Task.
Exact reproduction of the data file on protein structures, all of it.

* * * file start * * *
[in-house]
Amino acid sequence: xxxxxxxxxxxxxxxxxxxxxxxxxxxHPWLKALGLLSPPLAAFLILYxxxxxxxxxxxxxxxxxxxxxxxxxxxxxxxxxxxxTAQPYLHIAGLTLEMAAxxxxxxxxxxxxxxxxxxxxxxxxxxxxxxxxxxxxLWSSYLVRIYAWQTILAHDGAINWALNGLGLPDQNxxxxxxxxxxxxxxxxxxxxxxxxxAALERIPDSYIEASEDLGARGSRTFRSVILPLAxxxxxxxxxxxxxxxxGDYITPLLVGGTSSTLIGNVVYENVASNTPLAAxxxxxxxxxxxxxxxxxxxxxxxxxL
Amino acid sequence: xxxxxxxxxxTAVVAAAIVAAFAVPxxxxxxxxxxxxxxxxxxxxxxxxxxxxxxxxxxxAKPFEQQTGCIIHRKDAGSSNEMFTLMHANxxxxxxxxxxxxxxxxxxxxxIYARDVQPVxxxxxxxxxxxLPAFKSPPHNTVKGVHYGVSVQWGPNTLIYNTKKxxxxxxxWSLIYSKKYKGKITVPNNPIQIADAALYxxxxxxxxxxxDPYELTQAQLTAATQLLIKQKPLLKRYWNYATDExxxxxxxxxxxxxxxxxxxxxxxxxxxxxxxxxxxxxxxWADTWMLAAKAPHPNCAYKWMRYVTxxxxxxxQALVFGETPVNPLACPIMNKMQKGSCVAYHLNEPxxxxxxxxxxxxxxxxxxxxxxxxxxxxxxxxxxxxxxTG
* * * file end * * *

[in-house]
Amino acid sequence: xxxxxxxxxxxxxxxxxxxxxxxxxxxHPWLKALGLLSPPLAAFLILYxxxxxxxxxxxxxxxxxxxxxxxxxxxxxxxxxxxxTAQPYLHIAGLTLEMAAxxxxxxxxxxxxxxxxxxxxxxxxxxxxxxxxxxxxLWSSYLVRIYAWQTILAHDGAINWALNGLGLPDQNxxxxxxxxxxxxxxxxxxxxxxxxxAALERIPDSYIEASEDLGARGSRTFRSVILPLAxxxxxxxxxxxxxxxxGDYITPLLVGGTSSTLIGNVVYENVASNTPLAAxxxxxxxxxxxxxxxxxxxxxxxxxL
Amino acid sequence: xxxxxxxxxxTAVVAAAIVAAFAVPxxxxxxxxxxxxxxxxxxxxxxxxxxxxxxxxxxxAKPFEQQTGCIIHRKDAGSSNEMFTLMHANxxxxxxxxxxxxxxxxxxxxxIYARDVQPVxxxxxxxxxxxLPAFKSPPHNTVKGVHYGVSVQWGPNTLIYNTKKxxxxxxxWSLIYSKKYKGKITVPNNPIQIADAALYxxxxxxxxxxxDPYELTQAQLTAATQLLIKQKPLLKRYWNYATDExxxxxxxxxxxxxxxxxxxxxxxxxxxxxxxxxxxxxxxWADTWMLAAKAPHPNCAYKWMRYVTxxxxxxxQALVFGETPVNPLACPIMNKMQKGSCVAYHLNEPxxxxxxxxxxxxxxxxxxxxxxxxxxxxxxxxxxxxxxTG